Jude Simpson (poet and entertainer) is HSRBSC’s poet in residence. For more about Jude visit www.judesimpson.co.uk.
I have four children and they often come into conflict with each other. (Although, school usually helps, by giving them all a different focus and time away from each other.)
So, I spent the first two weeks of lockdown in a state of constant tension, always knowing that conflict and its associated aggression and tears could be only a whisker away – and that I might have barely a moment’s notice to intervene or prevent it. It was exhausting.
The key came – and this probably sounds awful – when I realised that although my children often come into conflict with each other, their altercations have rarely drawn blood, and have never been the cause of visits to A&E.
(In fact, when I read that during lockdown, A&E admissions due to “sibling-related incidents” had gone up by 150%, I felt almost smug. I’m presuming these are children’s incidents, not adults’…!)
My lovely children have hit, kicked and elbowed each other (all these usually “accidental” in the explanation), have shouted, sometimes extremely loud, slammed doors and thrown toys. They have…
- fallen out of hammocks from being swung too enthusiastically by the child whose turn it is next
- fallen off swings from being pushed too vigorously by the sibling who didn’t get there fast enough
- fallen off tree branches when a sibling jumped hard enough on the branch in question to crack it.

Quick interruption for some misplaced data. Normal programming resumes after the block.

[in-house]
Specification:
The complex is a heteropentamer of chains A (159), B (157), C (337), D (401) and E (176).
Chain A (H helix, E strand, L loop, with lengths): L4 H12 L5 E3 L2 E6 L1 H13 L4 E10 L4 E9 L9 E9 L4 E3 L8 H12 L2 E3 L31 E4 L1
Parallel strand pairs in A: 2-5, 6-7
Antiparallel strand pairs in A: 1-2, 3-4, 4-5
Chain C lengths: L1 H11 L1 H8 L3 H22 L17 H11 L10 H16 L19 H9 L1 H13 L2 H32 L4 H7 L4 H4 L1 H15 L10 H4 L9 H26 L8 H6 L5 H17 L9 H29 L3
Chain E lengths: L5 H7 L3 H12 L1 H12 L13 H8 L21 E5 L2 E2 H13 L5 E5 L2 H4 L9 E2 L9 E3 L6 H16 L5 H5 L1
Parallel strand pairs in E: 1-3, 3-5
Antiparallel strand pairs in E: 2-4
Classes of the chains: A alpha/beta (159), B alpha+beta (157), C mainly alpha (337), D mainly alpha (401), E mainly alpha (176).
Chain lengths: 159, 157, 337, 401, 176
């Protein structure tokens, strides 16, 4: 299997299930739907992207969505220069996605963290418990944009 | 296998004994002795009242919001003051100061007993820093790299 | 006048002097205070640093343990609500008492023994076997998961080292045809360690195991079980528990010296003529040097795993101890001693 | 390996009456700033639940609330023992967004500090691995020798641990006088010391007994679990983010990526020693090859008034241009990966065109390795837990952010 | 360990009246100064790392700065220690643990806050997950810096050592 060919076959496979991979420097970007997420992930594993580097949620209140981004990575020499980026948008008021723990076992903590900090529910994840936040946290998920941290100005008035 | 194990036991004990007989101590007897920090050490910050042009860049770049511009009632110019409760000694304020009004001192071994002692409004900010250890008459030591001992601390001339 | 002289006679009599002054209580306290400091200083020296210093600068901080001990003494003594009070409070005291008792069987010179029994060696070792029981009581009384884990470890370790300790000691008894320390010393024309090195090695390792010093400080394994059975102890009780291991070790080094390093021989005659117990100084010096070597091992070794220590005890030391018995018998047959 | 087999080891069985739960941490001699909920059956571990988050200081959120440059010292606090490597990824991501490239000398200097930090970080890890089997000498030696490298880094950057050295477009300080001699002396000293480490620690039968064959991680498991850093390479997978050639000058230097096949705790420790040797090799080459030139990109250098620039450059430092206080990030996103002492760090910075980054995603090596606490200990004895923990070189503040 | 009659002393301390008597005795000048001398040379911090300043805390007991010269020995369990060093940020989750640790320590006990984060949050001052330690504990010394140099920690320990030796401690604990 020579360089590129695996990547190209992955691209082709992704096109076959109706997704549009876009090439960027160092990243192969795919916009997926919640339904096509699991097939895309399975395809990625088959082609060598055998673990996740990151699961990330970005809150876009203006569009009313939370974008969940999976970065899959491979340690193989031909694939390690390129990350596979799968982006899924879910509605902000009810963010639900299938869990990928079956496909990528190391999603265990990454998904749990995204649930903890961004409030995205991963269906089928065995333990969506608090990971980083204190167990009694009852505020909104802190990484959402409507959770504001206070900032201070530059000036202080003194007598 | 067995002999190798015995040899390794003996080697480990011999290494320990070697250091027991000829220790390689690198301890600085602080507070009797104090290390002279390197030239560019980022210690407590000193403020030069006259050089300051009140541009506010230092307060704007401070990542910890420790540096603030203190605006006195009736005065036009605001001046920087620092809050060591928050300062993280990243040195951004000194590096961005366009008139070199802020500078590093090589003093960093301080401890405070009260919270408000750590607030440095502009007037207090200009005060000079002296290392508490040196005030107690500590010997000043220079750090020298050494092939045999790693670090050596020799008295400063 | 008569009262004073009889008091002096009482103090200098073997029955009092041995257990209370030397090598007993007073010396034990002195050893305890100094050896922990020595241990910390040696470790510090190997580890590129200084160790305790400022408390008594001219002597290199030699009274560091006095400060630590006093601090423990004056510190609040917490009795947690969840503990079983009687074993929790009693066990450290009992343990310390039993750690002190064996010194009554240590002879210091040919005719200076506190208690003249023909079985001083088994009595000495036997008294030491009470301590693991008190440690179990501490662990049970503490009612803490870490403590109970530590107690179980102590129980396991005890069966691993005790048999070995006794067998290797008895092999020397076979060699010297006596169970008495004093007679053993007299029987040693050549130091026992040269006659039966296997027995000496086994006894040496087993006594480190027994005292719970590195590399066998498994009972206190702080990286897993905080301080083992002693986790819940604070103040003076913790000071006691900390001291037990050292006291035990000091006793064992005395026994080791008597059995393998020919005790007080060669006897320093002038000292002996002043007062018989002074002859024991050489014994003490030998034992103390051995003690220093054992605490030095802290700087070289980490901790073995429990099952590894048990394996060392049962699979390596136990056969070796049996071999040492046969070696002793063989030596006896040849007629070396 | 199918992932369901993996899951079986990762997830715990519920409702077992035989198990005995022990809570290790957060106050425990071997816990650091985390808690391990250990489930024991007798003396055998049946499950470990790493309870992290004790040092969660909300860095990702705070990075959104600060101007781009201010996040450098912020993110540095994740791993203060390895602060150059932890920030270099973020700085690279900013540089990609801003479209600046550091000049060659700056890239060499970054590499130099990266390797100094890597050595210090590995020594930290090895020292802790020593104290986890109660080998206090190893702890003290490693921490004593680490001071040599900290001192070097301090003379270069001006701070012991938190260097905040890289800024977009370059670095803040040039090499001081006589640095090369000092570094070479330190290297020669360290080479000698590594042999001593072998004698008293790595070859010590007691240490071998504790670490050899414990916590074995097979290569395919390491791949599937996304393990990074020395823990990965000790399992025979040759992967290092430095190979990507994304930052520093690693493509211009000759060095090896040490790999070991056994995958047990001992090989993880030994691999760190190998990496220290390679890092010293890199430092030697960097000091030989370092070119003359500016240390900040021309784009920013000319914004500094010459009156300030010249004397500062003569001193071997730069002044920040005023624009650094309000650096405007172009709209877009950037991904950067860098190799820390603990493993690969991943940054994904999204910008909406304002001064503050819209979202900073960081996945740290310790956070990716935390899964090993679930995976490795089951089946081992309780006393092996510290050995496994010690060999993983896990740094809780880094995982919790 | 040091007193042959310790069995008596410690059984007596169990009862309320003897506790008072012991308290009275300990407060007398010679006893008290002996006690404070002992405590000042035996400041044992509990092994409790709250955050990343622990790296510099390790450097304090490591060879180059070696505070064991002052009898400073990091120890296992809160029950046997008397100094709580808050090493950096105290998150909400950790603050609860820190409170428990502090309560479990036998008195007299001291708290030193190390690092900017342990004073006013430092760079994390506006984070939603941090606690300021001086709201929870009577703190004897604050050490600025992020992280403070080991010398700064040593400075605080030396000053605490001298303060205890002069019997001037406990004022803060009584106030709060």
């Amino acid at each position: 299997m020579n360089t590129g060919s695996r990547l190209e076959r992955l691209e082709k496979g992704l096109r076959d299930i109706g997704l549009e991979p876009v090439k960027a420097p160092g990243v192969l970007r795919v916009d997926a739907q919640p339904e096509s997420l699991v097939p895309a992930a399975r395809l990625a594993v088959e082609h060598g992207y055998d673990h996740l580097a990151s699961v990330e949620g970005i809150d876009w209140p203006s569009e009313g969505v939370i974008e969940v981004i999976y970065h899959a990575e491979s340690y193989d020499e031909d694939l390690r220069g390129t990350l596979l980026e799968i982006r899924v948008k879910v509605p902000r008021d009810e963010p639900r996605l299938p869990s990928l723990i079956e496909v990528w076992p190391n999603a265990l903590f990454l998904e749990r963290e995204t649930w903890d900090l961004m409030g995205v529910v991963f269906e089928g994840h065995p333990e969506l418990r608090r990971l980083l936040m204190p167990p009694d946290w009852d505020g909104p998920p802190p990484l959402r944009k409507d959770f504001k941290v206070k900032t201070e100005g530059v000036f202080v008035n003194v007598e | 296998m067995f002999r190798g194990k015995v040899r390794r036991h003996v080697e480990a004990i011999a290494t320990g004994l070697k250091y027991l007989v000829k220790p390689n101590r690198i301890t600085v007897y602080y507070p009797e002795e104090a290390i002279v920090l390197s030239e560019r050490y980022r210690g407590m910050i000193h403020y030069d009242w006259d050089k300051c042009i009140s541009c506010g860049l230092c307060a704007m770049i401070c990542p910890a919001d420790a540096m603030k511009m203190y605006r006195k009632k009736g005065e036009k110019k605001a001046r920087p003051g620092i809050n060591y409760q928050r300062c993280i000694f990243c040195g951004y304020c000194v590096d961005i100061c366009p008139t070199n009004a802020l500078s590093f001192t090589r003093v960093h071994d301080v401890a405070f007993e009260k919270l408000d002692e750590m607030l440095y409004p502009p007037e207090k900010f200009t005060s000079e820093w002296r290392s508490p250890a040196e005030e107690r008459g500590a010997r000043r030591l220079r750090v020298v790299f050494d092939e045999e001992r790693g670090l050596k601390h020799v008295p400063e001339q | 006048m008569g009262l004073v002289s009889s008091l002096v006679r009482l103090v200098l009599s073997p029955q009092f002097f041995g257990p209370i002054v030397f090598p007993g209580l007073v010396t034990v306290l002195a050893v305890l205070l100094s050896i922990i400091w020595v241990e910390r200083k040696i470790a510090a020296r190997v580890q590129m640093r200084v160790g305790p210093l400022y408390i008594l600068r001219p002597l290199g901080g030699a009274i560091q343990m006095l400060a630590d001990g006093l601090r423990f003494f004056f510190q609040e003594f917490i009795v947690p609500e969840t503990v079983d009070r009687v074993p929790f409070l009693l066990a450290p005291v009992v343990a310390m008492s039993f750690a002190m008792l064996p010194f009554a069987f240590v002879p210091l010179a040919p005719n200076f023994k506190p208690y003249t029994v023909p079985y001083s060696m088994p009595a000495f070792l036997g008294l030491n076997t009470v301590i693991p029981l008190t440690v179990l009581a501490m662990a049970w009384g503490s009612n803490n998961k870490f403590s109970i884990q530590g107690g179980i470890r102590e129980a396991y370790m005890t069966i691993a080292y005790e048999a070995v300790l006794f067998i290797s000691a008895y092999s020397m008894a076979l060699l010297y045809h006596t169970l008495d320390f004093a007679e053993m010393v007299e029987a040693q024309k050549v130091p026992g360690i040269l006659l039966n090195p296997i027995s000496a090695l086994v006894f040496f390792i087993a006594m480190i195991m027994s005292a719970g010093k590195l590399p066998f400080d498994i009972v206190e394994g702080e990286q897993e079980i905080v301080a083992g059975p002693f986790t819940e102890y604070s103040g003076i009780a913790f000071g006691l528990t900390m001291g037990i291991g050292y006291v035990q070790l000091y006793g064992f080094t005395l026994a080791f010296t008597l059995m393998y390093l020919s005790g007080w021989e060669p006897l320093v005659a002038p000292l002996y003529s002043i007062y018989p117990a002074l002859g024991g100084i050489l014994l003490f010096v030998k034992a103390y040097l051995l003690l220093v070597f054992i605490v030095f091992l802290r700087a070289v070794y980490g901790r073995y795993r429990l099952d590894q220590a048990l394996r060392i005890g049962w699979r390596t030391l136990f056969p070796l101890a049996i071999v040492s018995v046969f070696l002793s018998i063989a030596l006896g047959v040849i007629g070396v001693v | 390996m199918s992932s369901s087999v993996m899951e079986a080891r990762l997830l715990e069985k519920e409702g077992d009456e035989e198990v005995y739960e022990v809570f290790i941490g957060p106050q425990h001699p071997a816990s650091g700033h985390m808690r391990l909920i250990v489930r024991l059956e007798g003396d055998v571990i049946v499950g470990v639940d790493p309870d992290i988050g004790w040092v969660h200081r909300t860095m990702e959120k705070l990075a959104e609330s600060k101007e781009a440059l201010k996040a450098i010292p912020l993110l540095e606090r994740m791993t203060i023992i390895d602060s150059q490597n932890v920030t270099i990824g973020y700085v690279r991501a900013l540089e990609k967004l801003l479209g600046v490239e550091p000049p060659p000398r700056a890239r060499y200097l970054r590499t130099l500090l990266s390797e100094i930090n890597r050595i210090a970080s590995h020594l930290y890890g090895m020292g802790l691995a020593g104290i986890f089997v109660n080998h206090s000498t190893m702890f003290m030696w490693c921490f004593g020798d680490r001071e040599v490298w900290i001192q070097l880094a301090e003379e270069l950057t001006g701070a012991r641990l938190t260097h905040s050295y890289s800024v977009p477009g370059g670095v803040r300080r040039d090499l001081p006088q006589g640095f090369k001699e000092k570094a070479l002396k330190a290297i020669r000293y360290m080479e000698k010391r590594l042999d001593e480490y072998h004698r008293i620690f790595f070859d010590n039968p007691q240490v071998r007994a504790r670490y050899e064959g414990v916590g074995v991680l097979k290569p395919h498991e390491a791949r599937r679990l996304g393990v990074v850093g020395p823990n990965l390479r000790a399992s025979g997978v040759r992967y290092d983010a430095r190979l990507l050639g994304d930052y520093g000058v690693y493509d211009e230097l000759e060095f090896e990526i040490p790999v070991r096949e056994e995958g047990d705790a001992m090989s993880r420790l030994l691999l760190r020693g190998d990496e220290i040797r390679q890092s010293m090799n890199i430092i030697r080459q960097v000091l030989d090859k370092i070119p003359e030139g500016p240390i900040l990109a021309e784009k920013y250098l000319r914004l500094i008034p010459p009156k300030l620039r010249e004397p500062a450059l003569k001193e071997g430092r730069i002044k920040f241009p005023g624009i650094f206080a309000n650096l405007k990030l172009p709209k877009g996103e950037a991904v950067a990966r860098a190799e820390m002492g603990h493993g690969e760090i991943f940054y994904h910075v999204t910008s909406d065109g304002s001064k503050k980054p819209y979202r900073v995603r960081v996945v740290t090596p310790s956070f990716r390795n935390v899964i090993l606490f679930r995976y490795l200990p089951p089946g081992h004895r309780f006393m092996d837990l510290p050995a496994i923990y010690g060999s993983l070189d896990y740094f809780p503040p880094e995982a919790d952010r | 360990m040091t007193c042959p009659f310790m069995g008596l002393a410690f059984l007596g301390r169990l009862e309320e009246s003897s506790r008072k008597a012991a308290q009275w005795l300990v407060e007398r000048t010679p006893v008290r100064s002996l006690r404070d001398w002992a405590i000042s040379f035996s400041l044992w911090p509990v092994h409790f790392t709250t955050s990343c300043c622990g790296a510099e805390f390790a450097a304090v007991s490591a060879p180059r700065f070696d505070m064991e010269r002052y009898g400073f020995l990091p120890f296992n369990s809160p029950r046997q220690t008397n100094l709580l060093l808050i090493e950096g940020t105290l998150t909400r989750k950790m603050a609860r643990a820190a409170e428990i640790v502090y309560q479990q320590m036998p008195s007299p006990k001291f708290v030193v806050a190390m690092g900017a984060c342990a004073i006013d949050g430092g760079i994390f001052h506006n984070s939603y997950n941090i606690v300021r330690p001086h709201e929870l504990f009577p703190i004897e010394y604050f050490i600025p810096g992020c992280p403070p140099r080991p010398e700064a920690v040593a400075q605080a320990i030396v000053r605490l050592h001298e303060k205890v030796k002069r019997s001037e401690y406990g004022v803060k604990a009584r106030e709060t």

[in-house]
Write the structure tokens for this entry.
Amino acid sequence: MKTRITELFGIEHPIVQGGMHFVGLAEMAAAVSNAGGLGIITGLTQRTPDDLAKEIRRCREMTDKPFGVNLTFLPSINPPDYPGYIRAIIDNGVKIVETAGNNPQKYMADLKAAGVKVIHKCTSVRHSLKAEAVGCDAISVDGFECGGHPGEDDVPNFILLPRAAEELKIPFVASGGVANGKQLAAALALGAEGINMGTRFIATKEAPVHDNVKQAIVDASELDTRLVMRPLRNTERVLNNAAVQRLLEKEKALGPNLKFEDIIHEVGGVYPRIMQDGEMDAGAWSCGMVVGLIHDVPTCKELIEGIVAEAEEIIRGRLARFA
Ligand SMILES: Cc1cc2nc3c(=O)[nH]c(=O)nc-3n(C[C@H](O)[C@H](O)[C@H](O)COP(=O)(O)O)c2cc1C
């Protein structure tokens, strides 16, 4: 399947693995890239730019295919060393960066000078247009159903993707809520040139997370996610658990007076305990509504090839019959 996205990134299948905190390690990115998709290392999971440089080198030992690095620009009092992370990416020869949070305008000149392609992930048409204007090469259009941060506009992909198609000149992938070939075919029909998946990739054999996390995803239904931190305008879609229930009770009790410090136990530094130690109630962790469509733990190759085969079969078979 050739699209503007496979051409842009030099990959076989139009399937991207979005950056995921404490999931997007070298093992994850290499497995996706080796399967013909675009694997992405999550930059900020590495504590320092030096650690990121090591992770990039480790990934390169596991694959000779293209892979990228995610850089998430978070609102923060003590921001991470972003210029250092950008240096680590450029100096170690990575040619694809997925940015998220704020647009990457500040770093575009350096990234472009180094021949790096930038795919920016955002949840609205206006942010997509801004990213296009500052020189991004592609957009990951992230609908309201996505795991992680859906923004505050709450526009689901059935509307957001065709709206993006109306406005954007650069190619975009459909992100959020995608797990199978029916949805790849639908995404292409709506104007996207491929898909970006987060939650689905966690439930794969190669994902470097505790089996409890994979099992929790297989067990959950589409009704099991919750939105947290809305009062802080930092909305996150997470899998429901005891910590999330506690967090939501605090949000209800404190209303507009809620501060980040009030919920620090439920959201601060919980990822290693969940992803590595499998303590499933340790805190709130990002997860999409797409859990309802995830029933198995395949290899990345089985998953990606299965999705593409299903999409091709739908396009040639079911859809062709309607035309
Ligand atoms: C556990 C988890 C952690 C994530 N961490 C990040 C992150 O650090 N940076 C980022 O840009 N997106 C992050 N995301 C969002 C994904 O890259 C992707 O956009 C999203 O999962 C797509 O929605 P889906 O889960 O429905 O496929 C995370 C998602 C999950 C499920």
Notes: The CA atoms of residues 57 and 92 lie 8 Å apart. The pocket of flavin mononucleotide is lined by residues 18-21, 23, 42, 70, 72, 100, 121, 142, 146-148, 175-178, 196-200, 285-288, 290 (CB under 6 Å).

But, thankfully, they have never done lasting damage (except to toys and a couple of trees).
The child on the receiving end generally bursts into tears, and sometimes so do the others, but the tears are always forgotten by the next day. (I suspect this is part of the problem – if they remembered how the tears happened last time, might they be able to avoid a repeat incident??)
None of these things are acceptable and believe me, I work hard to find ways to help them manage situations without losing tempers or using unkind words. But actually, I can’t avoid it all the time. Sometimes they have to make their own way or learn the hard way, and actually, that is not the end of the world.
When I realised this – and forced myself to accept it – I also realised that it was my anxiety about impending conflict that was actually the most damaging thing in the situation.
Because I was in a constant state of tension, whenever there was an argument or incident, I myself snapped. I shouted at the children, reacted angrily, or if I did manage to resolve the argument, I held myself responsible – ‘a decent parent wouldn’t have let that happen’. Either way, I was sucked into the kind of self-reproach which undermined my ability to get on with positive, unconditional parenting.
My habit of constantly expecting disaster and preparing to head it off manifested in another way yesterday, when all the family were out on a bank holiday bike ride. We were cycling along a bridleway, and I noticed some walkers coming the other way. Whilst yelling at the children cycling ahead of me to remember to social distance, I fell off my own bike and sustained both injury and embarrassment. They were keeping their distance anyway.
So many things in life are to do with balance – not just cycling! And sibling conflict is slowly becoming one of my successes of re-balancing. Compassion, justice, discipline, teaching, care, first aid and shrugging my shoulders – all vital components to weave together in my newly developing, less anxious but more effective approach to sibling dynamics.
How have the dynamics with your own children changed during lockdown? Have you found there are more arguments, incidents, etc? What ways have you found to manage those times more effectively?
You would be surprised how many families are going through the same during these challenging times. Our advice is to remember you’re not alone and to be kind to yourself.